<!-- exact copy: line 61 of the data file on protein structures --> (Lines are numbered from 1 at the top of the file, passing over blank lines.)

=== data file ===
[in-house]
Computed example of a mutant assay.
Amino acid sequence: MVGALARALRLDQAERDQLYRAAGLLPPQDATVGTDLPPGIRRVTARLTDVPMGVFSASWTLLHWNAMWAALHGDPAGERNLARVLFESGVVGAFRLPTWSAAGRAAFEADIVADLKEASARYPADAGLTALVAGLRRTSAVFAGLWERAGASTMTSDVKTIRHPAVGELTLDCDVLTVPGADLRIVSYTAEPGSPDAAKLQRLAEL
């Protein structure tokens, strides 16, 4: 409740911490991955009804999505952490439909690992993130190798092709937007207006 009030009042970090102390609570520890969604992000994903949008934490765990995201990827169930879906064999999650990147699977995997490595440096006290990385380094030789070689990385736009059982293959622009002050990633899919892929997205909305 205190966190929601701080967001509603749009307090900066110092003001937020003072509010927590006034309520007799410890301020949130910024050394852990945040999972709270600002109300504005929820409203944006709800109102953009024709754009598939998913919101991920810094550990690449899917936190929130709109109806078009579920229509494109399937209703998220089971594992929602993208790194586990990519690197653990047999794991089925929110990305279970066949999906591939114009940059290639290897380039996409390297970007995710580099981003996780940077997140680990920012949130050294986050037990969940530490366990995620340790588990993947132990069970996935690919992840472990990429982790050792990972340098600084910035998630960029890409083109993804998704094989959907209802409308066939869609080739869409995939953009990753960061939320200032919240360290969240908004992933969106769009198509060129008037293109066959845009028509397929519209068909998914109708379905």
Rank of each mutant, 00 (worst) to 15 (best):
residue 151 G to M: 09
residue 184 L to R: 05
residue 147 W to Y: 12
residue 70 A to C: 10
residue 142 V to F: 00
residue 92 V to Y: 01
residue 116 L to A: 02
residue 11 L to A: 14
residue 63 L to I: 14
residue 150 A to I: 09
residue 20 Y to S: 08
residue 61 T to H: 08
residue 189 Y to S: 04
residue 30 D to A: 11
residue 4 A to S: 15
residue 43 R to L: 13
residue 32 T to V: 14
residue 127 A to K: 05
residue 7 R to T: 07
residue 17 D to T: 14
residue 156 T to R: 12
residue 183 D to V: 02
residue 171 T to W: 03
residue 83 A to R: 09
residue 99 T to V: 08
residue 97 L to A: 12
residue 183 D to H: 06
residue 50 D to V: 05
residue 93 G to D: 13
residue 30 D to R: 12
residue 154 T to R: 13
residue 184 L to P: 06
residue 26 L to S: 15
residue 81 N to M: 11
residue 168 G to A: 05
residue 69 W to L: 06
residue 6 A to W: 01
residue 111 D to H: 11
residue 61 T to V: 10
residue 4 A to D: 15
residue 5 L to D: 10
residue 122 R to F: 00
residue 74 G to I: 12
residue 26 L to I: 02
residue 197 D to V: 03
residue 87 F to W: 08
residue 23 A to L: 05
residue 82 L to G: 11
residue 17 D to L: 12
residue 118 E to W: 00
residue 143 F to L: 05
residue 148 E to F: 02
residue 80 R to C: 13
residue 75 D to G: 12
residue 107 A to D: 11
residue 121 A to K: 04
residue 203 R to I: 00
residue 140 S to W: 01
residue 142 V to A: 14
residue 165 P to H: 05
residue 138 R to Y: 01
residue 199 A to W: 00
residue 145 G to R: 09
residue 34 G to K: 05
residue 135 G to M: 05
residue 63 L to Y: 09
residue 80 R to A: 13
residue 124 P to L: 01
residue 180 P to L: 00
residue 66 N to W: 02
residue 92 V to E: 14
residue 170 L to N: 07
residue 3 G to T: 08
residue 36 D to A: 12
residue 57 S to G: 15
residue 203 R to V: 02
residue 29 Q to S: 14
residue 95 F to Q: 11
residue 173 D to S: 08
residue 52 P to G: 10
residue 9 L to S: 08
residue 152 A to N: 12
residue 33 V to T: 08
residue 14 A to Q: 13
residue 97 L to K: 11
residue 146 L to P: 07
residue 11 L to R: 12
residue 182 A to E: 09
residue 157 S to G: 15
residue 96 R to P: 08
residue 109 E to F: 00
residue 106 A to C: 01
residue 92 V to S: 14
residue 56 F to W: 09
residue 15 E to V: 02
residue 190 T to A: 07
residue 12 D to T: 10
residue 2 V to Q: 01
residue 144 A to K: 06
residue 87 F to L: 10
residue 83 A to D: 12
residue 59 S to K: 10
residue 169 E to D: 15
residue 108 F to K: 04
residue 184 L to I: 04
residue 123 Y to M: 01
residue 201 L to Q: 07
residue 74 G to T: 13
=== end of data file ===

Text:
residue 121 A to K: 04